When my son was born five months ago, I expected to be a seasoned, confident mother. I had been mothering his sister for four years, after all, so I thought I had this parenting thing down. And, in some ways, I did feel more sure of myself. I skipped over many of the blunders and anxieties that I experienced as a first time mom. But, in one very important way, I was a new parent. I was learning to be a mother of two.
In the first weeks, this learning curve was steep and intense. On the good days, I felt like I was clawing my way up the sheer, unforgiving face of motherhood – fingers bleeding, teeth clenched but still hanging on, determined and strong. On the bad days, I felt myself in an endless free fall – hair stuck to my tear streaked face and weighed down by guilt, resistance to change and the fear that my children would only see me as a frenetic person in transition rather than the mother that takes the time to adore and enjoy them. The trial and error of this stage in my mothering made me – a person not prone to crying – finish (or begin) some days in tears. On the days when I didn’t cry, I was often thisclose and only saved by a handful of graham crackers, a well-timed hug or an early bedtime. Some days, I got so mixed up from wanting time to speed up or slow down or reverse entirely that my head would swim. Some days, I was pretty sure my heart would shatter into a thousand pieces. And, some days, it did.
In the beginning, this emotional roller coaster felt so wrong. It scared me. It made me feel like I was failing my family. Like I just wasn’t “getting it”. But, five months in, I’m starting to think that these feelings are…just normal. I’m starting to think that no matter how you do it, motherhood – new or not – is just one of the hardest darn things you will ever do.
Like childbirth, mothering is full of tearful moments. Little losses of dignity. And the overwhelming fear during transition that you are just not going to make it. But, you survive these fits and starts. This stretching of your self. You bravely cast off your old lifestyle to welcome with trembling hands your new, terrifyingly glorious life. And, in the quiet of your mind, you marvel at the fragility and the durability of it all.
As a still new mother of two, I’ve learned to accept that the dinners I make are rather boring, that there is a pile of laundry constantly waiting to be folded, that some days (weeks?) we don’t leave our neighborhood and that taking a 3 minute shower while singing to entertain my children is better than not washing at all. I’ve had to accept that my daughter is going call out for help on the potty the very moment my son falls asleep in my arms. Or that my son is going to wake up from a nap the instant I sit down to read a book to my daughter. Or that both kids are going to meltdown when my husband and I try to have a conversation beyond the quick exchange about diapers or groceries or who fed the fish. Loving three people is easy. But, meeting all of their needs, at the same time, is not.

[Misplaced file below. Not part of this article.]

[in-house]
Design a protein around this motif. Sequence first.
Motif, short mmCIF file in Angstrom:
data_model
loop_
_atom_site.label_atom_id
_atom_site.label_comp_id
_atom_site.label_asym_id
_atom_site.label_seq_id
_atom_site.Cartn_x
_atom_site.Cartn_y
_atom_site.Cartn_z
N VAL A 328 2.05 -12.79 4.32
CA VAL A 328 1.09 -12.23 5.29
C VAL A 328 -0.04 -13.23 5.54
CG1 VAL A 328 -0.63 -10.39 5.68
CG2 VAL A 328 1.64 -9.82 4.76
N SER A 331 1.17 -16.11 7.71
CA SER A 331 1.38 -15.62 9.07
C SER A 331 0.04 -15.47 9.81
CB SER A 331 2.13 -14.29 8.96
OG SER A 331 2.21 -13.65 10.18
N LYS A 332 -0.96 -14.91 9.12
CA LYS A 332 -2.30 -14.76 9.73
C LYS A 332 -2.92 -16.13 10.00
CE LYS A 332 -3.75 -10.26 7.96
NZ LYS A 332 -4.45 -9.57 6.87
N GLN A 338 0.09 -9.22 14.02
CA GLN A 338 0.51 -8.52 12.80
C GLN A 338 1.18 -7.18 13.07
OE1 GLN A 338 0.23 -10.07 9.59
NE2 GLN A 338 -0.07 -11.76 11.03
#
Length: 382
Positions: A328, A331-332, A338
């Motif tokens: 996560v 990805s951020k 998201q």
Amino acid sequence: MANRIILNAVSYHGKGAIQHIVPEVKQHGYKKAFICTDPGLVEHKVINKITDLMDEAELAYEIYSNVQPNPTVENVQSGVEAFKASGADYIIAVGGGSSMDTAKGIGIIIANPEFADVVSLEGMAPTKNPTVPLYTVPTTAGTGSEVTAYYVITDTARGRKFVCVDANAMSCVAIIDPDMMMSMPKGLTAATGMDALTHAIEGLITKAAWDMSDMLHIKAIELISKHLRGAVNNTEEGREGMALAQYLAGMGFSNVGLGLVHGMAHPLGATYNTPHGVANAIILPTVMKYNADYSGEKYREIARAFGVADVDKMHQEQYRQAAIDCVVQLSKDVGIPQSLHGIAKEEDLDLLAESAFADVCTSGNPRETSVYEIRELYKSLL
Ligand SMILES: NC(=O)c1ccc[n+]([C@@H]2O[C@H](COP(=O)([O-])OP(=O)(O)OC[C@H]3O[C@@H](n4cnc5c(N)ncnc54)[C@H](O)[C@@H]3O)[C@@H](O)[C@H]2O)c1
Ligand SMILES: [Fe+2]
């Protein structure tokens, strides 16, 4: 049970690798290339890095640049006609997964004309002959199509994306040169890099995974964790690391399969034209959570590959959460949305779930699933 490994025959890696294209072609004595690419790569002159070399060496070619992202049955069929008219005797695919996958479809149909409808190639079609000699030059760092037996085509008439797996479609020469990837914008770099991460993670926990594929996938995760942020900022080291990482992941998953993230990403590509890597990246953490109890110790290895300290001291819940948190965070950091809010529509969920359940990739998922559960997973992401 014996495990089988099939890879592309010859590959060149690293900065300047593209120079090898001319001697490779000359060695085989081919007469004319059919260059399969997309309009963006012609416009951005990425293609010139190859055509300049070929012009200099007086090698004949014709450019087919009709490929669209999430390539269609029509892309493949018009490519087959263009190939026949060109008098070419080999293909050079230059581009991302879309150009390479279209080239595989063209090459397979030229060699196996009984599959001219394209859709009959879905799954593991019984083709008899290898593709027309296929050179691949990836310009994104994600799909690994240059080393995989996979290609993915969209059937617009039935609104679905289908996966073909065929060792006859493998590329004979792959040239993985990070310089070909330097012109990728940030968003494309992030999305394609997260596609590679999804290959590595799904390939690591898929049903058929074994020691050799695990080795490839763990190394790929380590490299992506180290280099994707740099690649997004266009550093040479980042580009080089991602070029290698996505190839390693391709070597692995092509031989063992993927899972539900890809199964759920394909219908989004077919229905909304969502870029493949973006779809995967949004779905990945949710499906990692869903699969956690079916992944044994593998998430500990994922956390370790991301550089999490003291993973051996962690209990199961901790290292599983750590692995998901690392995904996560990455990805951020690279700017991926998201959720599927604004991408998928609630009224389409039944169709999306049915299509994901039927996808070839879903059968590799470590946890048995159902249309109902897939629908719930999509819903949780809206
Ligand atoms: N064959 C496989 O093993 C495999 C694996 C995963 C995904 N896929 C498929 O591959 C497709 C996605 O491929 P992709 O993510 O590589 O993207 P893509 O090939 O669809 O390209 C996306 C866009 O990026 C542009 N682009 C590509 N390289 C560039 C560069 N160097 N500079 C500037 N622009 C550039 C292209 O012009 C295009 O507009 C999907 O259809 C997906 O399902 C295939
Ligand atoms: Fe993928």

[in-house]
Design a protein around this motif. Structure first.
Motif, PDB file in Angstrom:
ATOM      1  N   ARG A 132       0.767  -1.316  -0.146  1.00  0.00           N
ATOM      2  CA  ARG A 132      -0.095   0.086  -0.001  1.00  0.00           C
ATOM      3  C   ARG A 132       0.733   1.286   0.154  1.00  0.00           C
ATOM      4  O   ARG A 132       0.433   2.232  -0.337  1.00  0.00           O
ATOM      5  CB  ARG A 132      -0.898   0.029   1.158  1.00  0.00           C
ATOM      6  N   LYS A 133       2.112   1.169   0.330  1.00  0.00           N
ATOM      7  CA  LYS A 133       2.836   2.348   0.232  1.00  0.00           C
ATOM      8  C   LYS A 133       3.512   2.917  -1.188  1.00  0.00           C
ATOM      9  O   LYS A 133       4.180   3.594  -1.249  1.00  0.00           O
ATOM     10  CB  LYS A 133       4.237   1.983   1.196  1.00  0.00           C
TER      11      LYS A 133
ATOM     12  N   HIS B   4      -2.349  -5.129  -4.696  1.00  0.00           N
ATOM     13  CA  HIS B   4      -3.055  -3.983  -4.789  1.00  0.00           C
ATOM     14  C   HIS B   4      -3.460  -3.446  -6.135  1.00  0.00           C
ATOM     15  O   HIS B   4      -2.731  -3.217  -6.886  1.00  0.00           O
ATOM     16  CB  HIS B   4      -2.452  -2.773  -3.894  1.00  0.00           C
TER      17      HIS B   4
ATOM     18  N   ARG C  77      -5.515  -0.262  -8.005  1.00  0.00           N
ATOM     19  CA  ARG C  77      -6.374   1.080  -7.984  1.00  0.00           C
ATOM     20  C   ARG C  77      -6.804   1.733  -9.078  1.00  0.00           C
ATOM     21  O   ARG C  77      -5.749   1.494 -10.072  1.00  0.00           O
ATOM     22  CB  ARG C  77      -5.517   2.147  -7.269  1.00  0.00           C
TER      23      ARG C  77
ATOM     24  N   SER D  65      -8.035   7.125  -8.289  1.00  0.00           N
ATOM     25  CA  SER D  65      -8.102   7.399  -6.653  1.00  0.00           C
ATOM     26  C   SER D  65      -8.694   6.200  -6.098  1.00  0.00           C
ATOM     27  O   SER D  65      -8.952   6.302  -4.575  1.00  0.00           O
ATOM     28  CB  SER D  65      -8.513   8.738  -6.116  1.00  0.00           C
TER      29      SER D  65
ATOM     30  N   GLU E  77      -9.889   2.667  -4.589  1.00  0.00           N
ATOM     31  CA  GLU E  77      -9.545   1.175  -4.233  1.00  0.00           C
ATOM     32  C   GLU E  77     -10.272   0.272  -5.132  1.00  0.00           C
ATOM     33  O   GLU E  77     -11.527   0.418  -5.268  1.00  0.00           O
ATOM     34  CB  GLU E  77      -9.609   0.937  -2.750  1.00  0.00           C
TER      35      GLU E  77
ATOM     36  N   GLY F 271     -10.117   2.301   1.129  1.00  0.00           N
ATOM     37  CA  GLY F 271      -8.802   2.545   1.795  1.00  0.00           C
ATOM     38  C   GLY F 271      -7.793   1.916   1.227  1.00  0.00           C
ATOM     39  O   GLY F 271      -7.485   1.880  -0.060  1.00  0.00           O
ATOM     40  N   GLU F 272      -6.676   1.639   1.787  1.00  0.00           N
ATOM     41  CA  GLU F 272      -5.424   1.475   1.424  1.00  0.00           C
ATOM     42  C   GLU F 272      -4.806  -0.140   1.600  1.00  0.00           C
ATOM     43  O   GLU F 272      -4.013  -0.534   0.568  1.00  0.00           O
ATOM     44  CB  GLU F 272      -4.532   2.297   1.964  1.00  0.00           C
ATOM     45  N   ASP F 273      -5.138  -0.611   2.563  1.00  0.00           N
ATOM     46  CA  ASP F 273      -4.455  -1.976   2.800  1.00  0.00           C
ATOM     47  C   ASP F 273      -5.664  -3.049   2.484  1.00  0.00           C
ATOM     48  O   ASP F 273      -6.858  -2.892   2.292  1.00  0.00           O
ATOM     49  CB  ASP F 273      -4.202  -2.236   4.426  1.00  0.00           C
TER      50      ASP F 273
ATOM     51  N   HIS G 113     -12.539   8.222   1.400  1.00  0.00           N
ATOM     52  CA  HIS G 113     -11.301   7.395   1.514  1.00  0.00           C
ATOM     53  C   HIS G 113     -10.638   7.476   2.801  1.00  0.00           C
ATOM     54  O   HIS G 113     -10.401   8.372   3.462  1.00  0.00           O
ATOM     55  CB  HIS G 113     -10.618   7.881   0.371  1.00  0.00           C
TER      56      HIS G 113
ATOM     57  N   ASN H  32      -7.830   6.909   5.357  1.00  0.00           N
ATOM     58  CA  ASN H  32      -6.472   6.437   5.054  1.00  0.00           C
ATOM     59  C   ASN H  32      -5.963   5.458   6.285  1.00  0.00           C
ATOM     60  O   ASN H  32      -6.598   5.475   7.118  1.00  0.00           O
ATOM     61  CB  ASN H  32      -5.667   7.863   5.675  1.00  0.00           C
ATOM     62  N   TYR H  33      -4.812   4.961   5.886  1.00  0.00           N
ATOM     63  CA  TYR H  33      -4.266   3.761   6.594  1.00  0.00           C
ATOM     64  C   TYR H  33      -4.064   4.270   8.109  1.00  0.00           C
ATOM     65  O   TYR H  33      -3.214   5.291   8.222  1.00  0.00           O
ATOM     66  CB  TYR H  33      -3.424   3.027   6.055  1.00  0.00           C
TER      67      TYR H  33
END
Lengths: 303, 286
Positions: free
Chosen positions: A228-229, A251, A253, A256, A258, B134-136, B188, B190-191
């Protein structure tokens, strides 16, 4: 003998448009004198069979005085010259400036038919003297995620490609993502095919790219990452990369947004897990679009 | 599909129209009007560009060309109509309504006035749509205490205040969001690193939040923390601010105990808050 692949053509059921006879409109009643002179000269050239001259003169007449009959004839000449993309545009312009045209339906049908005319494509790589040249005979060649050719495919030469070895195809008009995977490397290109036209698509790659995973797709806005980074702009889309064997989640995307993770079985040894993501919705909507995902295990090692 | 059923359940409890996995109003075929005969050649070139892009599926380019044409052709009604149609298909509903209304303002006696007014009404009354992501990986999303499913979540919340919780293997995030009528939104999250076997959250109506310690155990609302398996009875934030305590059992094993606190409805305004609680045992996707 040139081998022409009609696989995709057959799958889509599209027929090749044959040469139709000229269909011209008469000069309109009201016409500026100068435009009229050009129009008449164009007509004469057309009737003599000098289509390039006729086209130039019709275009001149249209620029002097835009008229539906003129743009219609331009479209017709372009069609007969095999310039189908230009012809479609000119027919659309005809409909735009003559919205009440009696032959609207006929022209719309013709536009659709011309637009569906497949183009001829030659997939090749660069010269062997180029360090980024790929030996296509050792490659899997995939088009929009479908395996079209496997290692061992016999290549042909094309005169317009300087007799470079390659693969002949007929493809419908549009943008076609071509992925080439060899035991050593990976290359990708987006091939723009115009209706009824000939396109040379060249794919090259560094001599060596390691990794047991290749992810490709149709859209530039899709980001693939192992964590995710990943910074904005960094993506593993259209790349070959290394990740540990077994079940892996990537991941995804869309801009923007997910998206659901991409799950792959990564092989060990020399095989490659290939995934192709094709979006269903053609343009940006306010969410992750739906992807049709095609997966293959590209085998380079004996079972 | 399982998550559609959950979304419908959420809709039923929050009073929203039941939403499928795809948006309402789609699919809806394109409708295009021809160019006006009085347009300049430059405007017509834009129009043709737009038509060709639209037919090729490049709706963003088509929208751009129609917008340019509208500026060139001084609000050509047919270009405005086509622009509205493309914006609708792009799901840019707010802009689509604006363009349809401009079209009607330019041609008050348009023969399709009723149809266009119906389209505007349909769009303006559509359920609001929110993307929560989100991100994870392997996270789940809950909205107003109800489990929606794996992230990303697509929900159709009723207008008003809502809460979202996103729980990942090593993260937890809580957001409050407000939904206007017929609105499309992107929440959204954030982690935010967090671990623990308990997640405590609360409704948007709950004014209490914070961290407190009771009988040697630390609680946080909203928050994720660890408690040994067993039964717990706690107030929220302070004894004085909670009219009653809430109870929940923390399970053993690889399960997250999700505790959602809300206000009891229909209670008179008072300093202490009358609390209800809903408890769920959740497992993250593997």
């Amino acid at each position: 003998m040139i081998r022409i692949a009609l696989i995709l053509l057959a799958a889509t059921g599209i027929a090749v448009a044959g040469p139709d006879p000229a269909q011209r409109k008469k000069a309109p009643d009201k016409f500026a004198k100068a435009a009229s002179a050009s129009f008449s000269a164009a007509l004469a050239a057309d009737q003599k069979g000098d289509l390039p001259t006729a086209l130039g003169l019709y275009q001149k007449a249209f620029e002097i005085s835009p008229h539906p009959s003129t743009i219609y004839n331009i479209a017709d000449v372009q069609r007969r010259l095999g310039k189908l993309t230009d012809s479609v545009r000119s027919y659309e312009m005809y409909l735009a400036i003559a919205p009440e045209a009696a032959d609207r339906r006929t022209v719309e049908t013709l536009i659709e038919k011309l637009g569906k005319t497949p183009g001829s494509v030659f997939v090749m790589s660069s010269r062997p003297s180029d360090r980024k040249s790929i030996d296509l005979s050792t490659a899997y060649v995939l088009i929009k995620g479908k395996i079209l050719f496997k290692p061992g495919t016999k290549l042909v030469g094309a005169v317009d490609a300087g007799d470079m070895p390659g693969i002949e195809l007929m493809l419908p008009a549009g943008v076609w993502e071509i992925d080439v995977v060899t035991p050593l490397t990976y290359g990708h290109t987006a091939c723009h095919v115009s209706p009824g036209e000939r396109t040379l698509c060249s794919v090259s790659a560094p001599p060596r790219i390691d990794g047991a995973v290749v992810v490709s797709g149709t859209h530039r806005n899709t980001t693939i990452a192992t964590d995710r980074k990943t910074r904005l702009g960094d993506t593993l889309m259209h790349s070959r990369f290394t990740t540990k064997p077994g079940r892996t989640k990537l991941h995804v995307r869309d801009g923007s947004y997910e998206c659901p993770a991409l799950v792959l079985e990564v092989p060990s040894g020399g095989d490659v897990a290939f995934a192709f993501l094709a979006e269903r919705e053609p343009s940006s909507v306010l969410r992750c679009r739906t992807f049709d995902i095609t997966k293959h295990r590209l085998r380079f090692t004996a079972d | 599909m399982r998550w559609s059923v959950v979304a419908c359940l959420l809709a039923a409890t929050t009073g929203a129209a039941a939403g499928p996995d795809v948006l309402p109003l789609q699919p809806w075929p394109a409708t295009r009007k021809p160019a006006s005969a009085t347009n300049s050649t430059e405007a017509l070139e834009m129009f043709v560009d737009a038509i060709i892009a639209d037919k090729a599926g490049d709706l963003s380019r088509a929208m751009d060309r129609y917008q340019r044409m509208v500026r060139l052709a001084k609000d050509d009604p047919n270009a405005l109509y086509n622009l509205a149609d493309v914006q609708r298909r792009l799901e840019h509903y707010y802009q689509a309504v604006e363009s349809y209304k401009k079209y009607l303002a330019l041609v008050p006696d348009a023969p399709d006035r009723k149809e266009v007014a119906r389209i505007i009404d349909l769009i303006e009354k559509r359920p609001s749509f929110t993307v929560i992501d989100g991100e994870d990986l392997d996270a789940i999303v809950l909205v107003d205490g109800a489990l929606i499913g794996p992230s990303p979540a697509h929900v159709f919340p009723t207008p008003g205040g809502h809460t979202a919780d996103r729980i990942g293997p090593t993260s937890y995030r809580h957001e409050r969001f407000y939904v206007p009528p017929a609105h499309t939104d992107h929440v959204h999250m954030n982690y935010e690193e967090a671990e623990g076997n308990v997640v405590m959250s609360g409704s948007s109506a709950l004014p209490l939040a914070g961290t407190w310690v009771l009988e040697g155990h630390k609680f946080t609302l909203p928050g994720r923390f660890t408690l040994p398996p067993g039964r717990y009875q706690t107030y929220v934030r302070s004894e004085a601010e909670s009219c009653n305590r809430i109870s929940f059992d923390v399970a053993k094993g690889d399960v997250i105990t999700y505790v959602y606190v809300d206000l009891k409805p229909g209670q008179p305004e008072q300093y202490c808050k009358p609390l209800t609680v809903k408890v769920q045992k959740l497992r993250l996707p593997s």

But, I have created two people. Grown them inside of me. Fed them from my body. Watched their little lives, so healthy and strong, unfold each day. And, that is no small thing. No wonder to be overlooked. No miracle to be overshadowed by a messy house or an ill-timed need.
I have made someone a sister. Someone a brother. Two people will share a childhood – and maybe a few expensive therapy bills – because of me. I have given two people a gift that no one else could: each other.
I am caring for young children. And, as much as I’d like to, I am not doing it right every day. No one in this house is getting as much of me as they want. Or as much of me as I want to give them. And I struggle with that. I wrestle with that. Sometimes, I get a roundhouse kick to the face by that. But, I know that I am starting to win more rounds than I lose. And I know that I am trying, with every beat of my heart, to be someone they can look up to, even when the chips are down.
The extraordinary difficulty of the last few months will not last. Just as quickly as the tiny clothes my boy is outgrowing have been packed away, these tough moments will soon be distant, even funny, memories. And, with any luck, from them a lasting bond will emerge. I catch glimpses of it in Rhys’ face, as it lights up when he sees Maren.
Or when Maren bursts into tears because she is worried that brother is crying.
Or when we read stories in bed or share a laugh together.
In split seconds, I am filled with the love that is here in this house. And, out of the corner of my eye, I have visions of the love that is yet to come.
It is no ordinary love.
It is a love that makes me proud.
A love that makes me thankful.
Grateful for the gift these two have given me.
By breaking me down, they are building me into something better than I was before.
Something bigger than I ever could have been without them.
These two have made me their mama.